|St. Christopher in the Cathedral in Toledo.|
The Cathedral of Toledo, in Spain, hosts on one of its walls a monumental painting of St. Christopher. St. Christopher, legend tells us, started out as Offero, offering his services to people to help ford a river. He remained Offero, until one stormy evening, he forded the river with a child on his shoulders. Particularly insistent on crossing despite the storm, on reaching the other side, the child revealed himself as the infant Jesus and indicated to Offero, that since he had carried Christ that evening, he would hence forth be called Christ-offero. In offering his shoulders to Christ it turns out, Offero not only gained a name, but provided for the Catholic church, the patron saint of travelers.
The depiction of Christopher in the Cathedral in Toledo wears what medieval depictions of European saints are normally depicted wearing, a long tunic, that is, in the case of Christopher, hitched up at his waist so as to not get too much of the garment wet. The same saint is depicted, on a somewhat smaller scale, but no less dramatically in the Cathedral in Old Goa. This depiction of the saint, at least with respect to his garments differs dramatically from the depiction of Christopher in Toledo.
|Detail of the image of St. Christopher in the Se, Old Goa.|
This Christopher in Old Goa, hangs immediately to the left of the main entrance of the Cathedral, and has been the subject of some excitement in the field of art history. Amateurs and professionals have pointed out that this St. Christopher wears what some would call a dhoti or a langoti. What is often left out however, is that this is not the only piece of native clothing that the Goan Christopher is wearing. If one looks very closely, one realises that the shirt that Christopher is wearing in this version, has rather peculiar features. It looks akin to the many versions of the Persian jama that filtered into the sub-continent. This shirt, does not boast buttons, but the front of the shirt is held together by knotted strings, just like the many varieties of the jama or angarakha are even today held together.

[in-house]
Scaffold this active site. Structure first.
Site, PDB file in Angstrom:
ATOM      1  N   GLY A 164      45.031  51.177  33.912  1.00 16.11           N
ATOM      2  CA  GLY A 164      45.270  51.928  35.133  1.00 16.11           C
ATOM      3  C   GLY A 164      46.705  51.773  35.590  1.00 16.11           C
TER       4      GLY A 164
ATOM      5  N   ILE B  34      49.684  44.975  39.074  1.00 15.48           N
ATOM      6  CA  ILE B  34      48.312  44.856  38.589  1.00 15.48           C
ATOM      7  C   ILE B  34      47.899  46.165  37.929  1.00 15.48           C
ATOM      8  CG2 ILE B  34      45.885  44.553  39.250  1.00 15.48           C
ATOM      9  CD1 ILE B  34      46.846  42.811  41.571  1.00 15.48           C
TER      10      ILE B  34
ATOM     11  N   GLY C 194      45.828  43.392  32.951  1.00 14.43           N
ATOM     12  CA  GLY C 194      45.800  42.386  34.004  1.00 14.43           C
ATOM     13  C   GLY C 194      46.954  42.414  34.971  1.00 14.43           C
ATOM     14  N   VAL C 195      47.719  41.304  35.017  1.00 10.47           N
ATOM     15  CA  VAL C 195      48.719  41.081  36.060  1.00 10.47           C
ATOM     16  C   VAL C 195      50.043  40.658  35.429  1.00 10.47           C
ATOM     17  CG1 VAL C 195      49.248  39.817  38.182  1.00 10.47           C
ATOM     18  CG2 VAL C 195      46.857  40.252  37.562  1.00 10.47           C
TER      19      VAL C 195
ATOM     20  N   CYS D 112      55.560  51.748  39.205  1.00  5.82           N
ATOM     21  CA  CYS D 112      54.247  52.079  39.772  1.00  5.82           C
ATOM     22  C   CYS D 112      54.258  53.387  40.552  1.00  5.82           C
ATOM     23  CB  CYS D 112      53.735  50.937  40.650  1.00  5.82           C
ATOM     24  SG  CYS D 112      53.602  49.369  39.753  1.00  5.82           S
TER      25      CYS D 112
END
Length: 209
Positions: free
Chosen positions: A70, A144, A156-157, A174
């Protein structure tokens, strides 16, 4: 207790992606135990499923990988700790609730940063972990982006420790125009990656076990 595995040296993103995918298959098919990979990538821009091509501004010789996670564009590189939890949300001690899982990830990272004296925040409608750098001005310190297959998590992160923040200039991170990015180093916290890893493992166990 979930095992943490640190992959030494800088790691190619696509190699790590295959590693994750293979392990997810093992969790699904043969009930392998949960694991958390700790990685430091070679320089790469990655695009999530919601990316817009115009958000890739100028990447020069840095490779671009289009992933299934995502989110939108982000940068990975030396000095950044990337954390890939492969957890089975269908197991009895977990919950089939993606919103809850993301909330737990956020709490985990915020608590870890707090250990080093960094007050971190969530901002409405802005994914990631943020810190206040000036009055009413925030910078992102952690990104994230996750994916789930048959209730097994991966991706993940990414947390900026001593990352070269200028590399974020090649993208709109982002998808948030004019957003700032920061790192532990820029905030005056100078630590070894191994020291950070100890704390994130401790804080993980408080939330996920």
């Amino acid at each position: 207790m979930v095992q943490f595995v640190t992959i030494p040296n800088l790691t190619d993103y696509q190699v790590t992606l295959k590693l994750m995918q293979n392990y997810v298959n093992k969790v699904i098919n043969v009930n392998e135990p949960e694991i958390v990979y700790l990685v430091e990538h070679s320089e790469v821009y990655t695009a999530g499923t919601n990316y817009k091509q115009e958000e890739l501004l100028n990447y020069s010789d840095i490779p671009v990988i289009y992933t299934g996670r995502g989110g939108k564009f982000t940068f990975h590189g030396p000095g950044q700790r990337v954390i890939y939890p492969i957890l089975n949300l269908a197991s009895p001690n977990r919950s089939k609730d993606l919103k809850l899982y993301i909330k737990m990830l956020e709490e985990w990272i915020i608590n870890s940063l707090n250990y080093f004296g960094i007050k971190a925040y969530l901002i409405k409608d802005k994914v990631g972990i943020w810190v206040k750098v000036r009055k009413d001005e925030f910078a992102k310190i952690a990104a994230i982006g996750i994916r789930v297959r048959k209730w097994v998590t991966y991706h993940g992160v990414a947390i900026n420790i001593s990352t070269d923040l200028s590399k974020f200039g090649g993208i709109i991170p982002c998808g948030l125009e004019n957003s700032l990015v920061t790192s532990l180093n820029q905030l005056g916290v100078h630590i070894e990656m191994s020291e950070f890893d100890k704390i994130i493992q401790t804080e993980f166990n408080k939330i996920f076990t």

|St. Christopher's wardrobe in Goa|
|Ibrahim Adil Shah, Sultan of the post Bahmani State of Bijapur|
When the art historians realized that St. Christopher in Old Goa was wearing a dhoti, they forwarded the argument that perhaps the artist who painted the image of the saint, was not Catholic, nor European, but a native and a Hindu. In doing so, they seek to stress the Sanskritic nature of pre-Portuguese Goa. If however, we recognize that the garments of the saint are composed of more than just the dhoti, but this jama shirt as well, then our view of the possible identity of the artist must necessarily be complicated. There is no need for us to make the argument that the artist was in fact Muslim. However, we must recognise the fact, that if the artist was in fact native, then the vocabulary of the artist was more than just Sanskritic, but one that was at home with the Persianate and broader Islamicate fashions that had been dominant along the west coast ever since the ascendancy of the Bahmani Sultanates in the Deccan. It points out to us that Goa’s pre-colonial history, and its pre-colonial peoples were a culturally complex lot.
(A version of this post first appeared in The Goan dtd 16 April 2013)